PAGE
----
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Puppet Aerobics

Get Off Your Duff!

OK, it is impossible to ‘learn’ puppetry and not practice. It’s not like riding a bike; it will not just “come back to you” even if you remember everything. The goal is to create an almost cellular memory of what to do, so that it becomes second nature to do it.

I have been doing puppetry for so long now that when I train others and try to give examples of biting words, flipping the lid, etc. I have to consciously think about it, because I unconsciously do it correctly by nature, but that comes from years and years of practicing non-stop.

What Are Puppet Aerobics?

The first time I heard the phrase “puppet aerobics” I was in a class being taught by Jim Wideman, who at the time was in charge of the elementary education for Church on the Move in Tulsa, Oklahoma.

Basically, puppet aerobics are exercises used to condition puppeteers. Just like in fitness aerobics, it’s meant to stretch and create muscle memory.

Along with training the basics, it also builds the muscles most used when operating a puppet. Some performances will go on for a while so it is important to have the physical dexterity needed, as well as a second nature habit of operating the puppet properly.


As a performer, you should be practicing your skills as much as possible, whenever it is convenient for you. As the director of a puppet team, every practice should start with puppet aerobics, to ingrain proper performance techniques and to stretch out before getting into practice.

You never see an athlete or performer just go into their event without first warming up. It is important that you properly warm up all the muscles that you are going to be using in any given performance.

How Long?

Each aerobics section should be around 30 minutes. If you find yourself in crunch, at least spend 20 minutes on this. It is a good way to create icebreakers in team dynamics as well.

Make it part of your routine so that you get in the habit of doing it first thing every practice and everyone will begin to expect to do it and immediately set up to o it when they first come in.

Some basics

Spend about 2 to 3 minutes going over each of the basics

Tip: Do them in the same order every time to create a routine that becomes memorized. This way you know what order to follow each time and don’t forget one.

Second I spend another 5 minutes doing “Burpies”. If the them members question why they are doing these, it is because it builds dexterity in the legs, hips and back as puppeteers will oftentimes have to crouch and stand on their knees behind certain stages for long periods of time. Not everyone has the luxury, or th space to have a chair.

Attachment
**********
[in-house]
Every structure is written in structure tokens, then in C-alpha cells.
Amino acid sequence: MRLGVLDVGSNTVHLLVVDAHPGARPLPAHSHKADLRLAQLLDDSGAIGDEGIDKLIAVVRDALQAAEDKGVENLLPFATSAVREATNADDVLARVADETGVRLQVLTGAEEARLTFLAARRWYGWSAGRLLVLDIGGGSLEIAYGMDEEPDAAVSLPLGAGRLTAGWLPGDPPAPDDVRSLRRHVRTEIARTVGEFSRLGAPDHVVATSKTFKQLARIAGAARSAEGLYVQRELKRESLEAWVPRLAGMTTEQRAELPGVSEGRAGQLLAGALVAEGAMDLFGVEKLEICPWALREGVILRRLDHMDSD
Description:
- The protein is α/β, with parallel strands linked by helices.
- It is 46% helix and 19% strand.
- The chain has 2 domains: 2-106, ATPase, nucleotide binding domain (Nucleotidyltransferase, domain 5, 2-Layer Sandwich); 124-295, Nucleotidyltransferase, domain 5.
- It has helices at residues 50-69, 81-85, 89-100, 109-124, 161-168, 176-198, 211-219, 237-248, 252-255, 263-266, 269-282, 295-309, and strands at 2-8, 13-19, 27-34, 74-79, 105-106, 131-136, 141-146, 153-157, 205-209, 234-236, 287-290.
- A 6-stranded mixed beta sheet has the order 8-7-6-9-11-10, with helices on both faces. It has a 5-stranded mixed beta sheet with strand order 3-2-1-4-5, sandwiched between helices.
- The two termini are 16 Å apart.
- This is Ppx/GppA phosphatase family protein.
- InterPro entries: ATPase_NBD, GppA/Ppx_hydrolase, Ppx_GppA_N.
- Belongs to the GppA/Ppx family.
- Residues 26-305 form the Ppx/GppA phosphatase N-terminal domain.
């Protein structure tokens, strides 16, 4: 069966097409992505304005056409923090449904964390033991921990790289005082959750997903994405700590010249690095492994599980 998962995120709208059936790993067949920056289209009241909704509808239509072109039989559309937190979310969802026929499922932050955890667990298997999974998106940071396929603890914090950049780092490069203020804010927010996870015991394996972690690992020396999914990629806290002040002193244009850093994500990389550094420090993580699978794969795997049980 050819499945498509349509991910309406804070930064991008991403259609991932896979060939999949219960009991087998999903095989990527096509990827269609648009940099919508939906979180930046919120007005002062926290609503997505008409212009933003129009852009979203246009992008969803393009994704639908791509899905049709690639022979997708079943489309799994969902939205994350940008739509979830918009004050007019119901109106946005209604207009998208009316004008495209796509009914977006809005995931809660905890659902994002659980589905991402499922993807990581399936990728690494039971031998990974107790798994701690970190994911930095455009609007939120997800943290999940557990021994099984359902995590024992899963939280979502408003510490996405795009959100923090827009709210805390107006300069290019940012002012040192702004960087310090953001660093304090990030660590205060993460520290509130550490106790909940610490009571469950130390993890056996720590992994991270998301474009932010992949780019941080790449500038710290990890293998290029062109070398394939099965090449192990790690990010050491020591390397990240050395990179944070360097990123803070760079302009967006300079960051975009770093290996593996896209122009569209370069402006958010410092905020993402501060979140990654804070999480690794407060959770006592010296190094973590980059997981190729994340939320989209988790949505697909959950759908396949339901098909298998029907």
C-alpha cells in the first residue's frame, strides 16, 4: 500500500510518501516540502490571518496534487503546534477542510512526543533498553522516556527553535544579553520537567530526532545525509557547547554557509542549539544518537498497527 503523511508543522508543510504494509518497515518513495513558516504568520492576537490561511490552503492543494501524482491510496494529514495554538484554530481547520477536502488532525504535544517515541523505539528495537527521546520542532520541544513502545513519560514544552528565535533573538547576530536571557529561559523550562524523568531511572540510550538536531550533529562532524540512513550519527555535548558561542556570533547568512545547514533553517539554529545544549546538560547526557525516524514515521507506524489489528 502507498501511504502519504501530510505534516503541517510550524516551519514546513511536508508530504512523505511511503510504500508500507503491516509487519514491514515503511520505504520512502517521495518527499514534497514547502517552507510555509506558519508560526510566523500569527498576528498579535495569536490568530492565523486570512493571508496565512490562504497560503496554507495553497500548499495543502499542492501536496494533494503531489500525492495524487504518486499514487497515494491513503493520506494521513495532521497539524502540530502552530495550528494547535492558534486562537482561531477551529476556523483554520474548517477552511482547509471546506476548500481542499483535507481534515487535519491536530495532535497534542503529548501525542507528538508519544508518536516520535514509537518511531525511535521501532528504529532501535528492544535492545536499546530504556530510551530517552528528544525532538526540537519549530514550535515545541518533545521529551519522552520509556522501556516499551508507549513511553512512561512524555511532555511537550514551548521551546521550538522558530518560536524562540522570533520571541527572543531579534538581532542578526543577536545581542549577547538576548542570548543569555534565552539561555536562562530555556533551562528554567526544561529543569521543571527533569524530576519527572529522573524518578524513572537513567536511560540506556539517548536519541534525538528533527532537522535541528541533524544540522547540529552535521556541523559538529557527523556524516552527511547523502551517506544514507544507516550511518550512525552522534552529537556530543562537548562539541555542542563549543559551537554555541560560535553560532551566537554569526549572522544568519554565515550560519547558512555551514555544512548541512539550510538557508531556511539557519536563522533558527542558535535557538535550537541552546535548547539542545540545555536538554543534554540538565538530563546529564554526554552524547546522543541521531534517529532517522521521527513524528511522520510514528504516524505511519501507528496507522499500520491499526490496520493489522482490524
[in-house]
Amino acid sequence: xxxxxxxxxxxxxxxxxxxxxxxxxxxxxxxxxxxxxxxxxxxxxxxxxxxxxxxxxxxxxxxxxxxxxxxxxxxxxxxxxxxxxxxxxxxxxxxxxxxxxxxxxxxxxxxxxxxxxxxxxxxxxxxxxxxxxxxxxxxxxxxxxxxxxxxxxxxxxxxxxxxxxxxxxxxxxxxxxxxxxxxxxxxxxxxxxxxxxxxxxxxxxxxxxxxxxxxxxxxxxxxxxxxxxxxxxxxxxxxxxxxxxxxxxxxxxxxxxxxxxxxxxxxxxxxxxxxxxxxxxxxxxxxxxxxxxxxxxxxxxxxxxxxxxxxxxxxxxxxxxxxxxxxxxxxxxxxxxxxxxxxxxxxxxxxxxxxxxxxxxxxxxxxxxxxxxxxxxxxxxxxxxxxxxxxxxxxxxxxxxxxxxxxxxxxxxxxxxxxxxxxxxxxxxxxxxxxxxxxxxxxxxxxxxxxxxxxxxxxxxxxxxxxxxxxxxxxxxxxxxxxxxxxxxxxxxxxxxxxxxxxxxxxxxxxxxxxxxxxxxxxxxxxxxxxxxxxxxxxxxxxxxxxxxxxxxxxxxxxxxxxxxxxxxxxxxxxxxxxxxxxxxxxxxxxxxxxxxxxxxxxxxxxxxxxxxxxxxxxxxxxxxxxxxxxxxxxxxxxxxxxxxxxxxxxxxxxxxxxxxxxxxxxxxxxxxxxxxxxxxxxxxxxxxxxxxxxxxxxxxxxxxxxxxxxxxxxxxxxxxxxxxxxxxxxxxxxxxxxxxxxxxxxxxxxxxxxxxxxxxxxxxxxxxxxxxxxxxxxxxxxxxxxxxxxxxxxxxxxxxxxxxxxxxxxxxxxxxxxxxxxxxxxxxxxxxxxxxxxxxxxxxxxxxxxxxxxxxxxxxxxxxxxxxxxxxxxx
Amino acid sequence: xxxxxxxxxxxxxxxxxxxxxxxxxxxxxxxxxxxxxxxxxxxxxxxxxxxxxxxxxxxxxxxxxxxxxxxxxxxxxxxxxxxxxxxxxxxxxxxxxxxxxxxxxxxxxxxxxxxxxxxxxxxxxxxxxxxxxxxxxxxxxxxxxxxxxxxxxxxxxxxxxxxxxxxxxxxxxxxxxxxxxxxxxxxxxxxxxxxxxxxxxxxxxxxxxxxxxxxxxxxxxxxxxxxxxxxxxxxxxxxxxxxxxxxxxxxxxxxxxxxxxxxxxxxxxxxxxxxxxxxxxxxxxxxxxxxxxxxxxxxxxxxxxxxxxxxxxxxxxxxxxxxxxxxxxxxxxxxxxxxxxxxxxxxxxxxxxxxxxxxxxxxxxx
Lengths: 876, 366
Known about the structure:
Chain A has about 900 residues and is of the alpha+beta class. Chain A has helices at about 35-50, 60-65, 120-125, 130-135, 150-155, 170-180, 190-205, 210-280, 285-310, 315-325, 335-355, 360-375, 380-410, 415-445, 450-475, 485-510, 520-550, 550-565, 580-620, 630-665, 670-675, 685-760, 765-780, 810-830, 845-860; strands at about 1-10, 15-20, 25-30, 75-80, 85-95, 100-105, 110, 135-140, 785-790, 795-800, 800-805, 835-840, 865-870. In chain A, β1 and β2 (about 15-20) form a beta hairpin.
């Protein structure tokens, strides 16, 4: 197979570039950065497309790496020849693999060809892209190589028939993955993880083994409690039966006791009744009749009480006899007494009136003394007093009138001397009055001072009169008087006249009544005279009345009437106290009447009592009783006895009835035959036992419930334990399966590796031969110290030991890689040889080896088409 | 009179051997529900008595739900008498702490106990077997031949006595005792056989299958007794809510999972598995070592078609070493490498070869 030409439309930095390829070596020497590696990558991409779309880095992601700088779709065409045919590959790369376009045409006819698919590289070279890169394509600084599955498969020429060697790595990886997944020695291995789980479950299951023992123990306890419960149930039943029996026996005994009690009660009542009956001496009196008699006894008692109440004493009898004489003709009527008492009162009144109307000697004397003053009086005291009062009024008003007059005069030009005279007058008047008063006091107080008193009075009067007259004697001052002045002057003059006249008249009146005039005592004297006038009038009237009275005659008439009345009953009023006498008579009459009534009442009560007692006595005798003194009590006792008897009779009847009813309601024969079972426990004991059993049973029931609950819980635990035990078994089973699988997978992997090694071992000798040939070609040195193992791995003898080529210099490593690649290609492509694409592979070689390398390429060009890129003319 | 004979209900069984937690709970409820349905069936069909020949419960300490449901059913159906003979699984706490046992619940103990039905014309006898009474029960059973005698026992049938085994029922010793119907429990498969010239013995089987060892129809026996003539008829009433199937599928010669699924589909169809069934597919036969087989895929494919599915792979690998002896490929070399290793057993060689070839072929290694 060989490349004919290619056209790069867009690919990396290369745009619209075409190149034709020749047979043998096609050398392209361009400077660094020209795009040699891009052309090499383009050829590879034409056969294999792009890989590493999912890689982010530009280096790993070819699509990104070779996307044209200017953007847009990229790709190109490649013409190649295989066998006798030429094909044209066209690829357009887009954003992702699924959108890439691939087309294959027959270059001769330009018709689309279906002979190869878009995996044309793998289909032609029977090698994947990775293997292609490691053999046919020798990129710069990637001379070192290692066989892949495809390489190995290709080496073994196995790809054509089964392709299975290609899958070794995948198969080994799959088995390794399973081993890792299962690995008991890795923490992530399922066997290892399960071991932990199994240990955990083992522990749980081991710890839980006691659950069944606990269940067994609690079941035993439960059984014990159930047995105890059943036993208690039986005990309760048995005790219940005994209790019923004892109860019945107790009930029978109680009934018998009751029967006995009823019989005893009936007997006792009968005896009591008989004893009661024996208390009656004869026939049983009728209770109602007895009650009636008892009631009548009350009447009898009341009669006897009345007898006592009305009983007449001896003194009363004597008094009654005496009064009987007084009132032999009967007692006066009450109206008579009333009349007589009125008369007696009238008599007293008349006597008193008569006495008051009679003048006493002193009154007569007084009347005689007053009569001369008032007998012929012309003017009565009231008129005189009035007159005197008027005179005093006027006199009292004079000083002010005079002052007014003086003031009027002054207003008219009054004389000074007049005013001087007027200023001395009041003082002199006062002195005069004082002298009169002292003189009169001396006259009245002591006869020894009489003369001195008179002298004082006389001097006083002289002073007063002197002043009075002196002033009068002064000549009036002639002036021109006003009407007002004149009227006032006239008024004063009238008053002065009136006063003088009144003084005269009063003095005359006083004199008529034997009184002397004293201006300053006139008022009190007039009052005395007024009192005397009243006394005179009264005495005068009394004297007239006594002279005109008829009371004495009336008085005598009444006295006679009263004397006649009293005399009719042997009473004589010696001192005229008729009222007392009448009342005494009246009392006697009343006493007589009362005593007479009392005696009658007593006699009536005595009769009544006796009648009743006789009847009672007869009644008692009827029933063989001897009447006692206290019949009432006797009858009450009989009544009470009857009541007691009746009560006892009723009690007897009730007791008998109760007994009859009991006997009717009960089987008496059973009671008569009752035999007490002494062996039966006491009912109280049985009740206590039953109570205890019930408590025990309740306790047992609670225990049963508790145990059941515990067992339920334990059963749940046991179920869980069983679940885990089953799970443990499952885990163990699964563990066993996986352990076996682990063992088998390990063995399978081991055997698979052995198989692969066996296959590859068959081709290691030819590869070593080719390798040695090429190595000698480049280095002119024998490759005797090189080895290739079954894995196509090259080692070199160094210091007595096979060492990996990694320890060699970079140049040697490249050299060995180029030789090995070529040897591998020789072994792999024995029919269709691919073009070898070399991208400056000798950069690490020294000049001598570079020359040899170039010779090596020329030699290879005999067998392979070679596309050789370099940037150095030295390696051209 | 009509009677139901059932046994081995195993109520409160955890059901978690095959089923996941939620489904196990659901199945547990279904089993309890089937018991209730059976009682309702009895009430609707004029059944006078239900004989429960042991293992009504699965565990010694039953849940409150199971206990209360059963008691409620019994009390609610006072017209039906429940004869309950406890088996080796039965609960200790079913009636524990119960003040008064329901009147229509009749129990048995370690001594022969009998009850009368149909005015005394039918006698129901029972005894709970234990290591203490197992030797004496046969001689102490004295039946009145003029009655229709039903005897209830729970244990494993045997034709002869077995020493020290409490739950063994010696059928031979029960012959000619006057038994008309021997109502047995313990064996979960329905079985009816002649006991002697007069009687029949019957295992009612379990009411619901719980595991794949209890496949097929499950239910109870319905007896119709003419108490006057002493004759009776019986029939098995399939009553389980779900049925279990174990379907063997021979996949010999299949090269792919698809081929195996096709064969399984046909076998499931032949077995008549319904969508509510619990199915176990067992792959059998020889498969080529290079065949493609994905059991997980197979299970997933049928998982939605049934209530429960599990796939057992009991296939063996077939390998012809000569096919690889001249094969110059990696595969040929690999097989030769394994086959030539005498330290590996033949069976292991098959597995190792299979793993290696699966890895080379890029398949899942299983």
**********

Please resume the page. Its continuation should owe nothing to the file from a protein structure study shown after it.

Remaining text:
Another one is to have the puppeteers stand back to back or back against the wall and work their way down into a sitting position, hold it for a few seconds and then work their way back up. This is harder than it sounds, but great for building up the back muscles.

The one I always try to do last, because it is the one you practice on the most s the arm hold. One of the biggest problems in long performances is quicksand, where the puppeteer’s arm gets tired and the puppet slowly sinks off stage. In some cases, the puppeteer’s arm can literally go numb.

The way I was taught to do this exercise is by taking a full soup can and holding it over my head, arm fully extended, with the wrist angled down as if I had a puppet on that was looking at the audience.

Tip: Make sure to give equal time to both arms. Every puppeteer is going to have a dominant arm they use most of the time, but you want them to be able to use both arms equally should an occasion arise where they will need to control two puppets at once.

What I have done is change the soup can to a can of soda. It’s not as heavy as the soup can, but it is still as effective and, by doing this one last, it gives the team members a treat/reward that they can enjoy as you go into the next portion of the practice, which, hopefully, will be discussion about a performance. Do Not Allow puppeteers to drink the sodas in close proximity to the puppets.

Jazz It Up

Don’t be boring with it. Think of this section of practice as an actual aerobics class; add music, be energetic make it fun. In fact, Jim Wideman (as I discussed earlier) came out with a cd to practice the basics by, so did One Way Street UK. Video tape the practice and use clips in promo videos to get new recruits.


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